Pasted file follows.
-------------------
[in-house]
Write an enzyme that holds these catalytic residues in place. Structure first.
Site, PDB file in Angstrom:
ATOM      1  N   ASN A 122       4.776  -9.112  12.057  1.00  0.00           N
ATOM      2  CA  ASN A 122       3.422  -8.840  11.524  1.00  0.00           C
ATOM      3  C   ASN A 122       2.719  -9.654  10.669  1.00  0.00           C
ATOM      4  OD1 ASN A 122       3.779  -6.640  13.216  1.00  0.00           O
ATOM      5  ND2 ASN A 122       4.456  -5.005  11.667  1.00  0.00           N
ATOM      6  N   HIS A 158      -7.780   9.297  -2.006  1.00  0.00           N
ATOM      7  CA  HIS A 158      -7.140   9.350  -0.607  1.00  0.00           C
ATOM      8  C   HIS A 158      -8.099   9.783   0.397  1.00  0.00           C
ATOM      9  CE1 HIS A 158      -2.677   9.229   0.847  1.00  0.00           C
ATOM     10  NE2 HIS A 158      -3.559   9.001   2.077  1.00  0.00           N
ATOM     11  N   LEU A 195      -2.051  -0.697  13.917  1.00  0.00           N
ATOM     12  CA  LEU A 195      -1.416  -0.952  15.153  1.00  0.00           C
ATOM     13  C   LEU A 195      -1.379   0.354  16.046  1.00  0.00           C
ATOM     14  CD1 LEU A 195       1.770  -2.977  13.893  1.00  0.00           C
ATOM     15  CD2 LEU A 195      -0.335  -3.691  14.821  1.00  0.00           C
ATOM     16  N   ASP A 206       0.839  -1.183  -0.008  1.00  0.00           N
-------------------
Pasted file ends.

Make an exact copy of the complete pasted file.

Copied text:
[in-house]
Write an enzyme that holds these catalytic residues in place. Structure first.
Site, PDB file in Angstrom:
ATOM      1  N   ASN A 122       4.776  -9.112  12.057  1.00  0.00           N
ATOM      2  CA  ASN A 122       3.422  -8.840  11.524  1.00  0.00           C
ATOM      3  C   ASN A 122       2.719  -9.654  10.669  1.00  0.00           C
ATOM      4  OD1 ASN A 122       3.779  -6.640  13.216  1.00  0.00           O
ATOM      5  ND2 ASN A 122       4.456  -5.005  11.667  1.00  0.00           N
ATOM      6  N   HIS A 158      -7.780   9.297  -2.006  1.00  0.00           N
ATOM      7  CA  HIS A 158      -7.140   9.350  -0.607  1.00  0.00           C
ATOM      8  C   HIS A 158      -8.099   9.783   0.397  1.00  0.00           C
ATOM      9  CE1 HIS A 158      -2.677   9.229   0.847  1.00  0.00           C
ATOM     10  NE2 HIS A 158      -3.559   9.001   2.077  1.00  0.00           N
ATOM     11  N   LEU A 195      -2.051  -0.697  13.917  1.00  0.00           N
ATOM     12  CA  LEU A 195      -1.416  -0.952  15.153  1.00  0.00           C
ATOM     13  C   LEU A 195      -1.379   0.354  16.046  1.00  0.00           C
ATOM     14  CD1 LEU A 195       1.770  -2.977  13.893  1.00  0.00           C
ATOM     15  CD2 LEU A 195      -0.335  -3.691  14.821  1.00  0.00           C
ATOM     16  N   ASP A 206       0.839  -1.183  -0.008  1.00  0.00           N